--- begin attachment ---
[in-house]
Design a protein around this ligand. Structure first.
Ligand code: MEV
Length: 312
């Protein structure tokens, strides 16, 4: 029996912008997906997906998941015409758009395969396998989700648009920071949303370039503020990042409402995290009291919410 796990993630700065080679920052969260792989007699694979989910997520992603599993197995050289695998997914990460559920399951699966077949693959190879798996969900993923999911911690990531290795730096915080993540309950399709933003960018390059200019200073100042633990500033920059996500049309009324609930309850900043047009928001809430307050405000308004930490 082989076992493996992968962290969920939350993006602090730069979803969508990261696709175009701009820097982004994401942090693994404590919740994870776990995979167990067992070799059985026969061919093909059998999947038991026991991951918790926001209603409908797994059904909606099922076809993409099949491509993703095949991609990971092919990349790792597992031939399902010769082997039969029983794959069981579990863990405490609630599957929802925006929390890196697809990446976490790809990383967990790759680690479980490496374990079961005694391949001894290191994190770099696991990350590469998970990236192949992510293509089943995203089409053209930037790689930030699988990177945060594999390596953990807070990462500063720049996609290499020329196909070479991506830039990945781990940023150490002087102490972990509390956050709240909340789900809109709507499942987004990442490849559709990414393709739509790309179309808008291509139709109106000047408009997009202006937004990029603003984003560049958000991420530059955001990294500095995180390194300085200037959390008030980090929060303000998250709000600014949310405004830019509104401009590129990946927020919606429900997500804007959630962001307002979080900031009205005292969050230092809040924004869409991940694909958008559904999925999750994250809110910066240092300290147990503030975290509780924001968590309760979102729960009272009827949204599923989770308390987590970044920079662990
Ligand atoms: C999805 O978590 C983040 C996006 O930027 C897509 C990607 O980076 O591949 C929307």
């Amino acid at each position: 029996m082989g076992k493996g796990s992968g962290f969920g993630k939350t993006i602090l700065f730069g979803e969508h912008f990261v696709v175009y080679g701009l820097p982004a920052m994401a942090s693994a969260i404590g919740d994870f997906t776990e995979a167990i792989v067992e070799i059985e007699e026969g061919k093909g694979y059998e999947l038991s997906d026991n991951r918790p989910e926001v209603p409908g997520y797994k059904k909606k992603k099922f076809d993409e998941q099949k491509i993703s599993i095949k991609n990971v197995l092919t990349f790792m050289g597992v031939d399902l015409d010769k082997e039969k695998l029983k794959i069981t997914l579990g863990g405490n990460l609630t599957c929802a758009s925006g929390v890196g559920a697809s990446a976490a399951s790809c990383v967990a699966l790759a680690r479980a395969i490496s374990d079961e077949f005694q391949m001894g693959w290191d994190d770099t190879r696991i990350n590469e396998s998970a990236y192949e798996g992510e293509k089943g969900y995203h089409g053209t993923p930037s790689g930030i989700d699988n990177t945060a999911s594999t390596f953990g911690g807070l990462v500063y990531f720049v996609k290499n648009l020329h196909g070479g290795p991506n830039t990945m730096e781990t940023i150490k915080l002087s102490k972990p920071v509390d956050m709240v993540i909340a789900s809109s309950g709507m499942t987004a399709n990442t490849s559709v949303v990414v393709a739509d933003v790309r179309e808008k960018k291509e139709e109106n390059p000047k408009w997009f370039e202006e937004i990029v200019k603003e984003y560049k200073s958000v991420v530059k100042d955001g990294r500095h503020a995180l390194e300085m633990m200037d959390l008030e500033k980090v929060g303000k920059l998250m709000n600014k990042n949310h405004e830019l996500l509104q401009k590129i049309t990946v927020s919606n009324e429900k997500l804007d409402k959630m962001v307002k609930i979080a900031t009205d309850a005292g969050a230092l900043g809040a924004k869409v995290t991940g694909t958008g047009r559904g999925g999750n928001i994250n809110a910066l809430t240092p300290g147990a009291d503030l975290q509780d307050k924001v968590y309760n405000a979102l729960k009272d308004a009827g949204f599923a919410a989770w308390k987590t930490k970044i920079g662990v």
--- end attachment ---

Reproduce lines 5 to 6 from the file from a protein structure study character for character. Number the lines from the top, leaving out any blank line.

């Protein structure tokens, strides 16, 4: 029996912008997906997906998941015409758009395969396998989700648009920071949303370039503020990042409402995290009291919410 796990993630700065080679920052969260792989007699694979989910997520992603599993197995050289695998997914990460559920399951699966077949693959190879798996969900993923999911911690990531290795730096915080993540309950399709933003960018390059200019200073100042633990500033920059996500049309009324609930309850900043047009928001809430307050405000308004930490 082989076992493996992968962290969920939350993006602090730069979803969508990261696709175009701009820097982004994401942090693994404590919740994870776990995979167990067992070799059985026969061919093909059998999947038991026991991951918790926001209603409908797994059904909606099922076809993409099949491509993703095949991609990971092919990349790792597992031939399902010769082997039969029983794959069981579990863990405490609630599957929802925006929390890196697809990446976490790809990383967990790759680690479980490496374990079961005694391949001894290191994190770099696991990350590469998970990236192949992510293509089943995203089409053209930037790689930030699988990177945060594999390596953990807070990462500063720049996609290499020329196909070479991506830039990945781990940023150490002087102490972990509390956050709240909340789900809109709507499942987004990442490849559709990414393709739509790309179309808008291509139709109106000047408009997009202006937004990029603003984003560049958000991420530059955001990294500095995180390194300085200037959390008030980090929060303000998250709000600014949310405004830019509104401009590129990946927020919606429900997500804007959630962001307002979080900031009205005292969050230092809040924004869409991940694909958008559904999925999750994250809110910066240092300290147990503030975290509780924001968590309760979102729960009272009827949204599923989770308390987590970044920079662990
Ligand atoms: C999805 O978590 C983040 C996006 O930027 C897509 C990607 O980076 O591949 C929307």